- Published: Saturday, 19 March 2016 12:55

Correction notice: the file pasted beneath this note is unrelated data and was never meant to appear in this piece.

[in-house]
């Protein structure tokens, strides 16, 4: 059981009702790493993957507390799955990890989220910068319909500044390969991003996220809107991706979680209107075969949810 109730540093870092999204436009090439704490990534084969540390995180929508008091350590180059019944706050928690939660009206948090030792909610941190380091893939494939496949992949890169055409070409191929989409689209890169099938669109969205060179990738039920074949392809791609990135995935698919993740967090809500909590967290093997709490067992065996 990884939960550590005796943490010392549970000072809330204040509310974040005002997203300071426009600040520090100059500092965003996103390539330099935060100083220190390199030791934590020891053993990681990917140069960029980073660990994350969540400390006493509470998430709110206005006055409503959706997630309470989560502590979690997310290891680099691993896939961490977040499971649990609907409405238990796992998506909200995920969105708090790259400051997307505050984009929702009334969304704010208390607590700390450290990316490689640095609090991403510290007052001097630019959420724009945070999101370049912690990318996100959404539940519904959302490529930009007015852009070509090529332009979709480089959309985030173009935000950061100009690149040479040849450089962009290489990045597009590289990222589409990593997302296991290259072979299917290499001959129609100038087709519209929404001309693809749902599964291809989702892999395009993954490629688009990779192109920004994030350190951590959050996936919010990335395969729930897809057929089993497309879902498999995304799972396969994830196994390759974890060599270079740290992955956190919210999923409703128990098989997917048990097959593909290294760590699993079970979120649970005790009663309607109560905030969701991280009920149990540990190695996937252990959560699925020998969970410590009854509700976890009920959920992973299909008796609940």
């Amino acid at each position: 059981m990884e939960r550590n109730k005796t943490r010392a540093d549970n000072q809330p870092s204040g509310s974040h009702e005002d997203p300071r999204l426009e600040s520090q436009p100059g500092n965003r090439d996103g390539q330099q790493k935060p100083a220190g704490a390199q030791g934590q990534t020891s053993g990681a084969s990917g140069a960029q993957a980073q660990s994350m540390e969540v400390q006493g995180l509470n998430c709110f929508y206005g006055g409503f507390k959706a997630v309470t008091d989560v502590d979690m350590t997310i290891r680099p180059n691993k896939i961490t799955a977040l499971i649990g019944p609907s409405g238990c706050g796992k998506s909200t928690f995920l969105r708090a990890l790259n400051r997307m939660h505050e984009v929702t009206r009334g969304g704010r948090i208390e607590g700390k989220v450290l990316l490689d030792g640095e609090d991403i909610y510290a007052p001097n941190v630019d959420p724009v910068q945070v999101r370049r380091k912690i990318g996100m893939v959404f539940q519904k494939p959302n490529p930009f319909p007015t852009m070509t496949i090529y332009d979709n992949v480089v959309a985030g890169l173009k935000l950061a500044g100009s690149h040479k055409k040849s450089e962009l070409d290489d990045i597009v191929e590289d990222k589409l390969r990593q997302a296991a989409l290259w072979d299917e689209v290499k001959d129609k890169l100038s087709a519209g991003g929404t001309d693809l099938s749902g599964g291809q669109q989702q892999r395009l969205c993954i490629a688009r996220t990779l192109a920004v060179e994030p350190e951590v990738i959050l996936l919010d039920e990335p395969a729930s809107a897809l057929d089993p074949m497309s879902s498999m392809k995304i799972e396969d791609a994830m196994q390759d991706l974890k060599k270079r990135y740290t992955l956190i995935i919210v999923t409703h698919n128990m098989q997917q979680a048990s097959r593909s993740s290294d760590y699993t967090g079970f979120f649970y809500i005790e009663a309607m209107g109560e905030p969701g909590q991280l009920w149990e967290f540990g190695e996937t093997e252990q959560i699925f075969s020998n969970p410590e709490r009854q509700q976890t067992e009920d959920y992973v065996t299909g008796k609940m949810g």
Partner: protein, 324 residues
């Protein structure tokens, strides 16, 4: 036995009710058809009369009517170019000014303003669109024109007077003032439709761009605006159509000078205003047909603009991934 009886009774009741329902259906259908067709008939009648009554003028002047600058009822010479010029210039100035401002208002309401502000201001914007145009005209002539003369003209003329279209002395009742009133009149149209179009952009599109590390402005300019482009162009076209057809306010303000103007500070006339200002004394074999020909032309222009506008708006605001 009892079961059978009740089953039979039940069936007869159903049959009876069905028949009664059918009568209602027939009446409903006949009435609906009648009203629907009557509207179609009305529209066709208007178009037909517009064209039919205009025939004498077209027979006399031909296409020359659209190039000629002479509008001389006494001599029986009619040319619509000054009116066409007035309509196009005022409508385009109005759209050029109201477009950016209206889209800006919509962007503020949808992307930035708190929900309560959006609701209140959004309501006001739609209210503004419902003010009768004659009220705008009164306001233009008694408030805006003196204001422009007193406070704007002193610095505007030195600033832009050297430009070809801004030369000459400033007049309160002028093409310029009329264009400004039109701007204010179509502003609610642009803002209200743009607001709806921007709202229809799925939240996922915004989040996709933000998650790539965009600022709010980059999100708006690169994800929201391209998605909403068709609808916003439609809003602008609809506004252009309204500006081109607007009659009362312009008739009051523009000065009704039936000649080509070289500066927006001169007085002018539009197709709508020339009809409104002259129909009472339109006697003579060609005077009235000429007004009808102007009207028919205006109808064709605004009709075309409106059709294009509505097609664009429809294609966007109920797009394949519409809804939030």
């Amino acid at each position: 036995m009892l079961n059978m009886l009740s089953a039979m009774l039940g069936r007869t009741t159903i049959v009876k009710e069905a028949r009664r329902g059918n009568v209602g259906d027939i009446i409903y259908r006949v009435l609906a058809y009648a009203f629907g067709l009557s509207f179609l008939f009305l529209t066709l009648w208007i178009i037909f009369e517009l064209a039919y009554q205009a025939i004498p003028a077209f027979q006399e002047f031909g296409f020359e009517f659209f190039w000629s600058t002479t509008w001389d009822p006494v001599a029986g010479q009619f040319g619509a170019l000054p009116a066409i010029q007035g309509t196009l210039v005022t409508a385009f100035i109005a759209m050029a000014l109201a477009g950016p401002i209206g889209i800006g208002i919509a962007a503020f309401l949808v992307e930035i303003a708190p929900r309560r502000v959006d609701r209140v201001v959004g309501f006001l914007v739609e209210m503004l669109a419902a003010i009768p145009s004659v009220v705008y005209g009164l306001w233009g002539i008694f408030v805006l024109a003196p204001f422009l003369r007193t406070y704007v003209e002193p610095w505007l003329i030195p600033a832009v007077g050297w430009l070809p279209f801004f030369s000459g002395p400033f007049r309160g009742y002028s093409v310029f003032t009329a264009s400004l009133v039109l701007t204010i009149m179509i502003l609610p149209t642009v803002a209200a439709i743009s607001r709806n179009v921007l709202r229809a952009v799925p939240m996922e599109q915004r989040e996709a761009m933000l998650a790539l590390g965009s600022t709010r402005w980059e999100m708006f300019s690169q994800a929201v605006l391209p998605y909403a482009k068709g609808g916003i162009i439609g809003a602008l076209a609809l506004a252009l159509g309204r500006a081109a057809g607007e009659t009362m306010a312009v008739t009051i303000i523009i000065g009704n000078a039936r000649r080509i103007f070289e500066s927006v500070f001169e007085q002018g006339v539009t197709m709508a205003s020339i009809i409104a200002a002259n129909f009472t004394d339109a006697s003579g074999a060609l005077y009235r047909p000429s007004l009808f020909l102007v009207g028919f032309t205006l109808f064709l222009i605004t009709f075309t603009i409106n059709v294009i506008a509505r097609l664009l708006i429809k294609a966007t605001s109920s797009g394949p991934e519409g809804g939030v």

A large body of hymns, liturgical texts, forest treatises, and philosophic speculations compiled in four collections: Rg (often written Rig), Sama, Yajus, and Atharva. To each of the collections of hymns (samhita), each with its own particular style of chanting, is appended Brahmanas, Aranyakas, and Upanishads. Scholars believe the hymns were composed between 1500 and 900 BC, although Hindus and Helena P. Blavatsky (Collected Writings 14:361) claim they are very much older, dating back to as much as 30,000 BC. The word veda is derived from the Sanskrit root vid, “know,” “understand,” or “be wise.” This large body of literature is called sruti (“heard”) and is claimed to have been revealed to sages (rsis) by the gods; until relatively recent times it was considered so sacred that it was not written down. Another body of sacred literature, termed smti (“remembered”) and including several Puranas and the two long epic poems, Mahabharata and Ramayana, was written and forms the basis of what is usually called popular Hinduism. Some time during the Common Era, the portion of the Mahabharata known as the Bhagavad Gita gained such popularity that it is now treated almost on a par with sruti.